Best trees that could reduce your risk of heart disease and airway problems by purifying the air from pollutants.
There are various ways in which trees and other urban vegetation contribute to the health and happiness of city dwellers. Trees’ leaves and needles act as a natural filter, reducing people’s exposure to harmful compounds in the air.
Yet, which trees do the best job of cleaning the air?
Researchers from the University of Gothenburg have analyzed the compounds that they have obtained by collecting leaves and needles from eleven different trees growing in the same location in the arboretum (tree collection) of the Gothenburg Botanical Garden.
“This tree collection,” according to researcher Jenny Klingberg, “provides a unique opportunity to test many different tree-species with similar environmental conditions and exposure to air pollutants.”
A total of 32 contaminants were examined, some of which were attached to particles of varying sizes. Some of them are gaseous. There is a documented link between exposure to air pollution and an elevated risk of cardiovascular and airway disorders.
This study has concentrated on polycyclic aromatic hydrocarbons (PAHs). These pollutants are emitted as a result of incomplete combustion in engines, and the largest source of this is urban traffic.
“Our analyses show that different tree species have different abilities to absorb air pollutants. Conifers generally absorbed more gaseous PAHs than broadleaved trees. Another advantage of conifers is that they also act as air purifiers in winter, when air pollution is usually at its highest,” adds Jenny Klingberg.
Needles provide clean air for many years
The researchers also observed that needles continued to absorb air contaminants for a number of years, but leaves for obvious reasons cannot. Yet broadleaf trees provided additional benefits. They were more effective in removing particles from the air, which is assumed to be due to the fact that leaves have more surface area for particles to adhere to.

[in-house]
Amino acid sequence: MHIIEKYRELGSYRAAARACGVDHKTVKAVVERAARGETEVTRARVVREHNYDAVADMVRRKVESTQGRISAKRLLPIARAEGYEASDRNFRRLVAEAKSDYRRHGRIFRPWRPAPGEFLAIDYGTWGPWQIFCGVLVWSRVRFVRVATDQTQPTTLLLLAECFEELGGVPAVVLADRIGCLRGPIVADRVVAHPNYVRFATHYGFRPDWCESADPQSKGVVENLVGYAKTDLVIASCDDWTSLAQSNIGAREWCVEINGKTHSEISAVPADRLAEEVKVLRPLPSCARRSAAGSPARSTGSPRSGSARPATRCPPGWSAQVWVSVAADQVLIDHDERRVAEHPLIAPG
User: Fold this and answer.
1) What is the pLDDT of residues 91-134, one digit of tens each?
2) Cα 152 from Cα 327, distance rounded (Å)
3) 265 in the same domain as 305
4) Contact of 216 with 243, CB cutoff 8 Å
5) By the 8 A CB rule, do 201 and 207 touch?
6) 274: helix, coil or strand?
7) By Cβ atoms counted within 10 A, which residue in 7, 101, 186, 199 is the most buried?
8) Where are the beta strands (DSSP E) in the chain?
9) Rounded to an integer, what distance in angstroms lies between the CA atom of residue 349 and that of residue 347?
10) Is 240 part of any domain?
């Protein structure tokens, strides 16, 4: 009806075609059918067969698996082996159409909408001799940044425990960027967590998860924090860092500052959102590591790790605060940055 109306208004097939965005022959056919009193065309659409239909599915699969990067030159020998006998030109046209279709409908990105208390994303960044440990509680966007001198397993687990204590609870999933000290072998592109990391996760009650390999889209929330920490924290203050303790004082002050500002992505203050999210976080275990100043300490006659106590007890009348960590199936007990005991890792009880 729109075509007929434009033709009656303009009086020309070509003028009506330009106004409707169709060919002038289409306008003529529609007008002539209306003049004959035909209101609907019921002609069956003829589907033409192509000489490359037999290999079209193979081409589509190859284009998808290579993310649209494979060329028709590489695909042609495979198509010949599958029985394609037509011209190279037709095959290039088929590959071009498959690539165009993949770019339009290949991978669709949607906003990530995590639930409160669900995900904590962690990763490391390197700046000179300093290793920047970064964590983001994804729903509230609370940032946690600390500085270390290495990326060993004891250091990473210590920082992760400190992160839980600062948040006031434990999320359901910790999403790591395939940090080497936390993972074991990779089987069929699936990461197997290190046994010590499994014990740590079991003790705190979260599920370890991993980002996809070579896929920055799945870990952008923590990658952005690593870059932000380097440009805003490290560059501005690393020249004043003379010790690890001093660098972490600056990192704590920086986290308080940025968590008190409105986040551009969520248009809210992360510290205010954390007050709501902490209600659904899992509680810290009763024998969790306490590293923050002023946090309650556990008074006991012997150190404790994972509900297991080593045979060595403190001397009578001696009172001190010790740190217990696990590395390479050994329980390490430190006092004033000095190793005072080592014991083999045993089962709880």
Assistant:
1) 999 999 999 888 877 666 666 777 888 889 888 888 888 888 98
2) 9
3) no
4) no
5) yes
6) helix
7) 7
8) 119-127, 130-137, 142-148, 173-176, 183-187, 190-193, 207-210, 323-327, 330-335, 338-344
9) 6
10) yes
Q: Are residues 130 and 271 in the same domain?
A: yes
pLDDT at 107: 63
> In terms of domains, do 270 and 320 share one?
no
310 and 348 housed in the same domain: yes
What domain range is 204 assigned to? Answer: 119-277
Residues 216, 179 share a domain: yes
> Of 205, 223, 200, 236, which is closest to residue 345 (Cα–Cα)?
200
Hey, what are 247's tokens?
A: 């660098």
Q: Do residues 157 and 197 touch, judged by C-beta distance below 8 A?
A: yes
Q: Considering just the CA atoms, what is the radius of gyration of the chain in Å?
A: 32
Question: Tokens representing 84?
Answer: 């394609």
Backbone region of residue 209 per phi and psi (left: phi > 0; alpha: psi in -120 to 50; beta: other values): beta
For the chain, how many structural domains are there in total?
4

“The various species differed more than we expected. Larch, which is a conifer that sheds its needles each autumn, was best in test. Larch trees absorbed the most particle-bound pollutants, but were also good at capturing gaseous PAHs,” explains Jenny Klingberg.
Needles and leaves, on the other hand, don’t help break down pollution more, even though sunlight can start that process. So, there is a chance that the soil under the trees will get dirty when the leaves and needles fall off and break down. This poses a danger to the soil’s ecology, however, this aspect was not explored in the present research published in the journal Ecological Indicators.
“The pollutants do not appear to impact the trees’ photosynthesis; leaf chlorophyll content is just as high in the most polluted areas of Gothenburg compared with trees that grow in less polluted environments. But this likely looks different in cities with even worse air quality,” says project leader Håkan Pleijel.
Urban planning must be done with care
To help the locals’ air quality, you shouldn’t just start planting trees all around the city. The benefit depends on a number of things. A small roadway canyon with a tree-lined alley may adversely affect the dispersion and dilution of air pollutants, resulting in higher local concentrations of toxins on busy streets. This suggests that lower-growing vegetation, like hedges, may be preferred on wind-sheltered narrow roadways. According to the researchers, careful urban design is required, mixing various tree species to maximize air purification and take into consideration other uses and advantages of trees.
“This study contributes to improving our understanding of the ability of trees to clean the air and which species are best at absorbing air pollutants,” adds Håkan Pleijel.
This information is important for urban planning and building cities that are sustainable. Although trees and vegetation may help to improving air quality in cities, reducing emissions is ultimately the most significant approach.
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